Before I moved to Maine I had an assistant. Whenever I had a particularly boring job, we would do it together. Alas, she’s working for a major Manhattan auction house, and now I have to stamp my postcards myself.
One of the problems with being a one-man shop is that you’re inexpert in so many things. Yet you’re still responsible for whatever back-office work gets done. At times that seems like your major job and the actual work you’re engaged with gets pushed into the corners.
On Monday I tried to print labels for my workshop postcards. I didn’t budget the time needed to suss out how to run Microsoft’s mail-merge, which I only use about three times a year. I never figured it out until after I came back from the post office that afternoon, still muttering.
Inevitably, your software gets senile before you’ve gotten your money’s worth out of it. I’ve lumbered along with Adobe Creative Suite 3 since 2007. I’m not sure why I ever bought such an expensive design package, except that I was used to it. It’s like using a GM LS Series engine to push my little Prius—total overkill. This year I hired designer Victoria Brzustowicz to build my ad for Plein Air magazine. When I got her files, I found I couldn’t open them; my software had grown old while I was ignoring it.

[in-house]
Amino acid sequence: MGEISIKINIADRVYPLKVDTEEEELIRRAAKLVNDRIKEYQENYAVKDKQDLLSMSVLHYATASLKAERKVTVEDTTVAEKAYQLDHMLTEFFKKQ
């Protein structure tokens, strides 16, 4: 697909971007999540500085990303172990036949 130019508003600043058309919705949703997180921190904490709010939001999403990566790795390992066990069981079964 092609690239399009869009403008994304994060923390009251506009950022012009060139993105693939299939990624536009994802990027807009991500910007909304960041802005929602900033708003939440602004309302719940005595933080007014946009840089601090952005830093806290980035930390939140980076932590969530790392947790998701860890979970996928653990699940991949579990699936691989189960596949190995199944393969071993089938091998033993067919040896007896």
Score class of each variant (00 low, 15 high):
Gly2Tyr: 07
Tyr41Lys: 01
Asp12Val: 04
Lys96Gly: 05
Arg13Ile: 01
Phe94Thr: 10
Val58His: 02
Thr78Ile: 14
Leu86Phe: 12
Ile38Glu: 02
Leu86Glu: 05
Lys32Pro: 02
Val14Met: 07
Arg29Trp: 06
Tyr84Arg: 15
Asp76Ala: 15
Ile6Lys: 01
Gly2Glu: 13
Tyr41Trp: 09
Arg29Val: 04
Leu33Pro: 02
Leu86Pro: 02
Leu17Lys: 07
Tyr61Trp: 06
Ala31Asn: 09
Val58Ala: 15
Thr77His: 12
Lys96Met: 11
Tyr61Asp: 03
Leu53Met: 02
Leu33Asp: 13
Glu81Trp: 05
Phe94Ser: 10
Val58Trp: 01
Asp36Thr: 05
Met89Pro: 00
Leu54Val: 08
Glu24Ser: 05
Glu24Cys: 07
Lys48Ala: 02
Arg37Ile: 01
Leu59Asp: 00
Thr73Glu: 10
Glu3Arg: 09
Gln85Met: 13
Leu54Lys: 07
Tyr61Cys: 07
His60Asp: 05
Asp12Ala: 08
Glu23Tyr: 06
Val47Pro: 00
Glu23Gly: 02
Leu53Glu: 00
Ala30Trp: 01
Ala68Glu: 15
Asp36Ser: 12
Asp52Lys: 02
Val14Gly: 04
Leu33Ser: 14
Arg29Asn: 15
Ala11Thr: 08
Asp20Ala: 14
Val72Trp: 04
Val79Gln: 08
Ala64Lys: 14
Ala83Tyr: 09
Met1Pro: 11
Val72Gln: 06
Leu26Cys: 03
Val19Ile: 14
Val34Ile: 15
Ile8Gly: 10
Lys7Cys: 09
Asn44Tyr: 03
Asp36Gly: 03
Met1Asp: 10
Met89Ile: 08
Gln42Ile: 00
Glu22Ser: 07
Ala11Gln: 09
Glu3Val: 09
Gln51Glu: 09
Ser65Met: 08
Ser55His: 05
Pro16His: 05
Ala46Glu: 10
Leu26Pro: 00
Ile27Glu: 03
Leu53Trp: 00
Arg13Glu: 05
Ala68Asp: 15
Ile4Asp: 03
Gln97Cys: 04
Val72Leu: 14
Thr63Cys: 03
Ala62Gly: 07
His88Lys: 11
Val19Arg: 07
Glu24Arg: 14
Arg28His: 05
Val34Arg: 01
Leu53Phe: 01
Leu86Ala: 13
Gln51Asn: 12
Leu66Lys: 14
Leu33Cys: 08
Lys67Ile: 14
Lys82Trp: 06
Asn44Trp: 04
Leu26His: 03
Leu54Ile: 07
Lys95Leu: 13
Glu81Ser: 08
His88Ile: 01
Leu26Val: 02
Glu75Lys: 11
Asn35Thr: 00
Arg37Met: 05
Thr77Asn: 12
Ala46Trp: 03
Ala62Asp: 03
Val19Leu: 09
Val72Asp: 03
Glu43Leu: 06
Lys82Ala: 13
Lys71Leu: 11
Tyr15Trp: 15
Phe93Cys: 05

We artists, in particular, are incurable DIYers. Sometimes that’s cost-effective and sometimes it involves paying more for materials and tools than one saves. I’m trying to fight that impulse.
I’ve never had a plow service or snowblower. I have two good shovels and I like the fresh air and the exercise. But it’s not any kind of a savings to shovel your own driveway. Plow services are very inexpensive for the value they provide. Now I just have to get over my dislike of spending money and call one of them.
Maybe next week.